This year, The Salon Art + Design in New York features an installation by Amy Lau, marking the first time ever that an interior designer has created a room for the fair. Titled “The New Nouveau,” Lau’s meticulously curated space honors the lasting influence of Art Nouveau, with bespoke moldings, antique Tiffany glass, custom furniture, rare vintage pieces and hand-painted opalescent wall panels by Calico Studio.
Art Nouveau, a style that synthesized the fine and decorative arts, reached the height of its popularity between 1890 and 1910. “Art Nouveau speaks to us now because of the high level of craftsmanship and the inspiration drawn from the natural world,” says Lau. People crave natural forms and, at the same time, they desire the bespoke, the rare, the handcrafted.
“I came up with the idea of an Art Nouveau installation and proposed the idea to Sanford Smith, founder and director of the Salon, although the fair does not normally show the work of interior designers,” Lau says. “Because of my background” — Lau holds a master’s degree from Sotheby’s Institute of Art, cofounded Design Miami and was director of the Lin-Weinberg Gallery — “Smith was interested and asked for more specifics. All the installations at the show are carefully vetted. During the vetting process, the idea shifted and changed a bit. Originally the room was going to be more antique and vintage – work from the 1940s, ‘50s, ‘60s and ‘70s. Then I realized that there was so much contemporary work that fit the concept. Once I had heavy hitters, such as David Wiseman, on board, the room started to fall into place.”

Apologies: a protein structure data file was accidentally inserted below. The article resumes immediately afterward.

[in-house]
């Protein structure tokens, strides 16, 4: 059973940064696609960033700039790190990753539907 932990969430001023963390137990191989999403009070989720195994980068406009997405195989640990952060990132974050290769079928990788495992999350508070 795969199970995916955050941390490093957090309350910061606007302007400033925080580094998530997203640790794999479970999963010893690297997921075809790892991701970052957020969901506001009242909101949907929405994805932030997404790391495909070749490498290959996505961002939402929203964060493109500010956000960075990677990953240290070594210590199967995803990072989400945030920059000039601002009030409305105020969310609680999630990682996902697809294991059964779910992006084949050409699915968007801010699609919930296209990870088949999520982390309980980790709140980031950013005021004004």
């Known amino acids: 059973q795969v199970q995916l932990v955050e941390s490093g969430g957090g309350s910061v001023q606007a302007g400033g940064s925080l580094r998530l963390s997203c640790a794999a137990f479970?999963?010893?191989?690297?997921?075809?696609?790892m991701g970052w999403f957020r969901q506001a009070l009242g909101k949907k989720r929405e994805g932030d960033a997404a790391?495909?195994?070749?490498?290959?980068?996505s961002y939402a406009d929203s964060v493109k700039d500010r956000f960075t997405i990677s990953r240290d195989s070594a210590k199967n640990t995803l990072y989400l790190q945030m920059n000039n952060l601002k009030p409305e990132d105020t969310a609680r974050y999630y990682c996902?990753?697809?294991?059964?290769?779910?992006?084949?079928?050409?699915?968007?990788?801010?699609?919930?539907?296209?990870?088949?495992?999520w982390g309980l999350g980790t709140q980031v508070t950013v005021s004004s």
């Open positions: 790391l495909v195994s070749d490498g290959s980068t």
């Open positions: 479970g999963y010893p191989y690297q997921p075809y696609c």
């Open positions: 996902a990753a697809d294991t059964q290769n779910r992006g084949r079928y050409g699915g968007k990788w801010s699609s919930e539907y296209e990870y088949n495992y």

Here, we take a closer look at the pieces Lau chose for the space.
1. Sofa: The organic curve of the Crysalis sofa anchors one end of the room. The frame, which was handcrafted by Philippe Hetier, is French walnut. “The wood and the teardrop legs both refer to the Art Nouveau period,” says Lau.
2. Chair: Germans Ermičs creates his ombre glass chairs by fusing many different layers of glass. He experiments with materials and with our perceptions of space. “This is our homage to Tiffany,” Lau says. “Like Tiffany, Ermičs works in glass – especially colored glass – and they both are on the edge, working with the new technology of their times.”
3. Coffee Table: Brenda Houston crafted this coffee table using two slices of agate from Uruguay. “It’s our Art Nouveau color palette — blush, lavender, cream and gray,” says Lau. She notes that this split-open rock is not just unusual for its size, but it also contains pockets of amethyst, citrine and rose quartz.
4. Chairs: Upholstered in pale pink Dedar velvet, these Leon Rosen for Pace swivel chairs date from the 1970s. “I like to think the swivel is like an Art Nouveau swirl,” says Lau. The hand-painted velvet cushions are by Calico Studio.
5. Fireplace surround: “I wanted something site-specific for the space,” Lau says. She had commissioned furniture from Michael Coffey in the past and wanted the opportunity to display his interior work. The hand-carved Mozambique wood fireplace surround stands almost eight feet tall, and it features sinuous Art Nouveau-style curves.
6. Fireplace screen: David Wiseman’s bronze and porcelain Collage fireplace screen mixes geometric motifs with naturalistic flowering branches. Like the work of his Art Nouveau forbearers, his creations encompass the fine and the decorative arts.